Good physical fitness can contribute to maintenance of functional independence in older people [16]. According to Rikli and Jones [17] physical fitness is defined as the capacity to perform activities of daily living safely and independently without fatigue. The concept is multidimensional and includes muscle strength, aerobic endurance, flexibility, body composition, dynamic balance and agility/mobility [17]. Recent recommendations specify that older adults with osteoporosis or osteoporotic vertebral fractures should engage in a multicomponent exercise programme that includes resistance training combined with balance training [18, 19]. The mode of exercise, dosage and effects on different outcomes for this group has not yet been well established by research [3, 20]. Safety considerations are necessary when it comes to exercise for individuals with vertebral fractures since adverse events have happened in previous randomized trials [3, 18, 19]. Examples include modifying or avoiding rapid, repetitive, weighted and sustained or end-range flexion or twisting of the spine [18, 21]. Although individual trials of exercise in individuals with vertebral fractures did report benefits for some pain, physical function and quality of life outcomes, the quality of evidence is low. A recent Cochrane review concluded that there is insufficient evidence to determine whether exercise interventions reduce fear of falling beyond the end of the intervention, and their effect on other outcomes from designed randomised trials is required [22]. However, Olsen and Bergland [23] concluded that a group-based exercise programme and an educational session had a positive and durable effect on fear of falling in community-dwelling elderly women with osteoporosis and a history of vertebral fracture.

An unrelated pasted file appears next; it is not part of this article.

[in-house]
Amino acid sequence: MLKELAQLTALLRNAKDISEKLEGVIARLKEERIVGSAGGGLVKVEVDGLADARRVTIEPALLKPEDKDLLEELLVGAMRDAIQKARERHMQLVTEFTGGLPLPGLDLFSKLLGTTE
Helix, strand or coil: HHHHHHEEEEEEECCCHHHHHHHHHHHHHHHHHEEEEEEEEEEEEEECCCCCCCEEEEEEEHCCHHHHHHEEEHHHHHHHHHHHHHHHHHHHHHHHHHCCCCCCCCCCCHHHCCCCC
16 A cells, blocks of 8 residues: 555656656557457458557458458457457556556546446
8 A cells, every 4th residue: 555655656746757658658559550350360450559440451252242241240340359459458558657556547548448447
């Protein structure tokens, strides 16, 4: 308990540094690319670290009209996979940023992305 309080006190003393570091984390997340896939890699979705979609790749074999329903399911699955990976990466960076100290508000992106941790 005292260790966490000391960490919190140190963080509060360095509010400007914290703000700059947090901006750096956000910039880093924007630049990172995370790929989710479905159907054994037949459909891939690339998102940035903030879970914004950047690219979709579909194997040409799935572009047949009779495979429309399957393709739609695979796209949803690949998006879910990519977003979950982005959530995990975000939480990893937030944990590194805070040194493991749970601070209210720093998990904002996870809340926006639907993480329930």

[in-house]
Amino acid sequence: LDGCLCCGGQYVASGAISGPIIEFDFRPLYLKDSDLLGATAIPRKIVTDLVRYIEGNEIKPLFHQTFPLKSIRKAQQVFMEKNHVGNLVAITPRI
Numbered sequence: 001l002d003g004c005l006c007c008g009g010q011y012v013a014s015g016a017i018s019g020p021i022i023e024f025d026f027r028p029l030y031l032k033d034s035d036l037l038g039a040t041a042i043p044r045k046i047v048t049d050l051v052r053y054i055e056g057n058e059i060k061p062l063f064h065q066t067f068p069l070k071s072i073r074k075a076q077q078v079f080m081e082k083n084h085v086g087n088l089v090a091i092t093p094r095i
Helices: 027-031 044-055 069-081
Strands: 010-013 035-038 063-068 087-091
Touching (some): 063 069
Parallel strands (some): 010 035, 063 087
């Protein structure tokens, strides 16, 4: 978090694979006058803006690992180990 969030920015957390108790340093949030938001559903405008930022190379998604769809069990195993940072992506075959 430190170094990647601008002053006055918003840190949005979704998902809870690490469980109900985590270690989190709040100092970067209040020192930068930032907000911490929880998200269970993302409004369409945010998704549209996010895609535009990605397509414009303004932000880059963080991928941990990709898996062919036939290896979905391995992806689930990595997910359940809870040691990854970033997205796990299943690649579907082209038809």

The main focus of this project is to develop evidence-based knowledge regarding exercise as an intervention for improving physical fitness and HRQOL in older women with osteoporosis and a history of vertebral fracture. Finding safe and feasible interventions to improve physical fitness and increase HRQOL in this group will have great potential benefits. This study builds on a previous study conducted by Bergland et al. [24]. However, the intervention in this study will to a greater degree conform to recent exercise recommendations regarding dosage and difficulty level [18]. In this trial we have left out the education component to be able to explore solely the effect of exercise, and we aim to include a larger sample.